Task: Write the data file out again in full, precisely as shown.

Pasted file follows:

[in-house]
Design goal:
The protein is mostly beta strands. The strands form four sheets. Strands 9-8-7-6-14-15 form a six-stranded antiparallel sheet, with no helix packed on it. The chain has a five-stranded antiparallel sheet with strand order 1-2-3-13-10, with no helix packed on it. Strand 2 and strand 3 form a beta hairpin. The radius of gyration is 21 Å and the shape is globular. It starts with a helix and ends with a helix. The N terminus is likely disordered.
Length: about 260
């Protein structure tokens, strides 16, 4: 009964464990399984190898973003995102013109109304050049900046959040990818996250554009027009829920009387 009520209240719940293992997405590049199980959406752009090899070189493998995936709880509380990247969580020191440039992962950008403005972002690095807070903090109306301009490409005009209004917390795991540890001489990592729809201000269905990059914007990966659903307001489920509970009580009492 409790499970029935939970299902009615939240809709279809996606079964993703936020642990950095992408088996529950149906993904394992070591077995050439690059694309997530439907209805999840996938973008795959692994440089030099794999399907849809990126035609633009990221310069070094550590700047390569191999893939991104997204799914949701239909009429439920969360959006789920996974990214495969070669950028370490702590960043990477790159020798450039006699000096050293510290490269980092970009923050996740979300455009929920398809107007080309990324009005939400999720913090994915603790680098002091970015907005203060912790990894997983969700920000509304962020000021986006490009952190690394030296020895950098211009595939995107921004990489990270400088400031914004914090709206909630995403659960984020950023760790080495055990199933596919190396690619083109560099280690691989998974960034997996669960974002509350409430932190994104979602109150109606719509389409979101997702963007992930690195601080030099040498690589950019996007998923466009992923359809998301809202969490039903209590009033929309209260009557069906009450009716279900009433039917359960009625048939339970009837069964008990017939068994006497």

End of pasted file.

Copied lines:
[in-house]
Design goal:
The protein is mostly beta strands. The strands form four sheets. Strands 9-8-7-6-14-15 form a six-stranded antiparallel sheet, with no helix packed on it. The chain has a five-stranded antiparallel sheet with strand order 1-2-3-13-10, with no helix packed on it. Strand 2 and strand 3 form a beta hairpin. The radius of gyration is 21 Å and the shape is globular. It starts with a helix and ends with a helix. The N terminus is likely disordered.
Length: about 260
């Protein structure tokens, strides 16, 4: 009964464990399984190898973003995102013109109304050049900046959040990818996250554009027009829920009387 009520209240719940293992997405590049199980959406752009090899070189493998995936709880509380990247969580020191440039992962950008403005972002690095807070903090109306301009490409005009209004917390795991540890001489990592729809201000269905990059914007990966659903307001489920509970009580009492 409790499970029935939970299902009615939240809709279809996606079964993703936020642990950095992408088996529950149906993904394992070591077995050439690059694309997530439907209805999840996938973008795959692994440089030099794999399907849809990126035609633009990221310069070094550590700047390569191999893939991104997204799914949701239909009429439920969360959006789920996974990214495969070669950028370490702590960043990477790159020798450039006699000096050293510290490269980092970009923050996740979300455009929920398809107007080309990324009005939400999720913090994915603790680098002091970015907005203060912790990894997983969700920000509304962020000021986006490009952190690394030296020895950098211009595939995107921004990489990270400088400031914004914090709206909630995403659960984020950023760790080495055990199933596919190396690619083109560099280690691989998974960034997996669960974002509350409430932190994104979602109150109606719509389409979101997702963007992930690195601080030099040498690589950019996007998923466009992923359809998301809202969490039903209590009033929309209260009557069906009450009716279900009433039917359960009625048939339970009837069964008990017939068994006497």